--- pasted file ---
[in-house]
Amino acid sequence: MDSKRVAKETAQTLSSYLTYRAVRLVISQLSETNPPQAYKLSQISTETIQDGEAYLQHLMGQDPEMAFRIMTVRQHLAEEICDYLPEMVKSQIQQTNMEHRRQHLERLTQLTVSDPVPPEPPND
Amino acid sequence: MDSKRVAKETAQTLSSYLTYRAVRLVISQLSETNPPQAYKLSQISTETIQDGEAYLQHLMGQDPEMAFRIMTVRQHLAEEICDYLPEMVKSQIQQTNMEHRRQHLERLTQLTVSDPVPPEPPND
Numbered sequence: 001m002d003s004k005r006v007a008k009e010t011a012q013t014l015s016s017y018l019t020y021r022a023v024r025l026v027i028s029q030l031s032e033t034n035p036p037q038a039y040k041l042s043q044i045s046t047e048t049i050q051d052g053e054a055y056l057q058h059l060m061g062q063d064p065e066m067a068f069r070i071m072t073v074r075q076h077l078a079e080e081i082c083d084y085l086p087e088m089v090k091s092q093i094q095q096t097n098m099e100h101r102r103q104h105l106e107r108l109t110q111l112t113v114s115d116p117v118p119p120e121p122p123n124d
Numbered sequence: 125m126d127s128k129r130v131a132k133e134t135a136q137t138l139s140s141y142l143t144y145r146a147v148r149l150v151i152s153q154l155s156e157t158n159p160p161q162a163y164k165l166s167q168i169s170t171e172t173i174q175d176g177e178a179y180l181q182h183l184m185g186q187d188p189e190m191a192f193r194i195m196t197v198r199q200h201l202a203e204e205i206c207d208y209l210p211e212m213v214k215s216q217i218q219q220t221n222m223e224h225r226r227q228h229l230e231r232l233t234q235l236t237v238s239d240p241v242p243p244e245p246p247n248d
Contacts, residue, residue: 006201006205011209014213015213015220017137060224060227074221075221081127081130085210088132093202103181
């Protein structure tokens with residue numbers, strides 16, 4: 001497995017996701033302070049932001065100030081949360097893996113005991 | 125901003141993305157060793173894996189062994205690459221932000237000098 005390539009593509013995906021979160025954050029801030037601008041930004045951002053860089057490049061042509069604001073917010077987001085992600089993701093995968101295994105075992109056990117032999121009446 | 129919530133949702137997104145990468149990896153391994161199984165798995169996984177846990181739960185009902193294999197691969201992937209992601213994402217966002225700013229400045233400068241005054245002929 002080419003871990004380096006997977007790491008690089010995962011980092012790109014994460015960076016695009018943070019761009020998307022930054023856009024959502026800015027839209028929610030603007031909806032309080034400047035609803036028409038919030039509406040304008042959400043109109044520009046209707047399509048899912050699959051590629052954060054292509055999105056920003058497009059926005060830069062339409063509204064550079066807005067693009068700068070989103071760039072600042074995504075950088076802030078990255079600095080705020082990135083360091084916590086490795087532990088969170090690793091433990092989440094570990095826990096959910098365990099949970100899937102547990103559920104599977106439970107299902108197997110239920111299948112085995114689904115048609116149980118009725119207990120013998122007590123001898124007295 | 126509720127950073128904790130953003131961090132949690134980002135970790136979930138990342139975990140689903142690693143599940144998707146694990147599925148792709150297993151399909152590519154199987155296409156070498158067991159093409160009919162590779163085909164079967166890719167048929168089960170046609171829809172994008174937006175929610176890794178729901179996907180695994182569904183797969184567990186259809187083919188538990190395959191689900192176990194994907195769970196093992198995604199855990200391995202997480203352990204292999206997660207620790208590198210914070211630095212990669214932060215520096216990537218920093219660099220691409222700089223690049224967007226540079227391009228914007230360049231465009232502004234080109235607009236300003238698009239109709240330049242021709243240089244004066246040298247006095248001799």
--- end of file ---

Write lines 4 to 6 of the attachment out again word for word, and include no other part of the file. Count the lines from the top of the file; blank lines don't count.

Numbered sequence: 001m002d003s004k005r006v007a008k009e010t011a012q013t014l015s016s017y018l019t020y021r022a023v024r025l026v027i028s029q030l031s032e033t034n035p036p037q038a039y040k041l042s043q044i045s046t047e048t049i050q051d052g053e054a055y056l057q058h059l060m061g062q063d064p065e066m067a068f069r070i071m072t073v074r075q076h077l078a079e080e081i082c083d084y085l086p087e088m089v090k091s092q093i094q095q096t097n098m099e100h101r102r103q104h105l106e107r108l109t110q111l112t113v114s115d116p117v118p119p120e121p122p123n124d
Numbered sequence: 125m126d127s128k129r130v131a132k133e134t135a136q137t138l139s140s141y142l143t144y145r146a147v148r149l150v151i152s153q154l155s156e157t158n159p160p161q162a163y164k165l166s167q168i169s170t171e172t173i174q175d176g177e178a179y180l181q182h183l184m185g186q187d188p189e190m191a192f193r194i195m196t197v198r199q200h201l202a203e204e205i206c207d208y209l210p211e212m213v214k215s216q217i218q219q220t221n222m223e224h225r226r227q228h229l230e231r232l233t234q235l236t237v238s239d240p241v242p243p244e245p246p247n248d
Contacts, residue, residue: 006201006205011209014213015213015220017137060224060227074221075221081127081130085210088132093202103181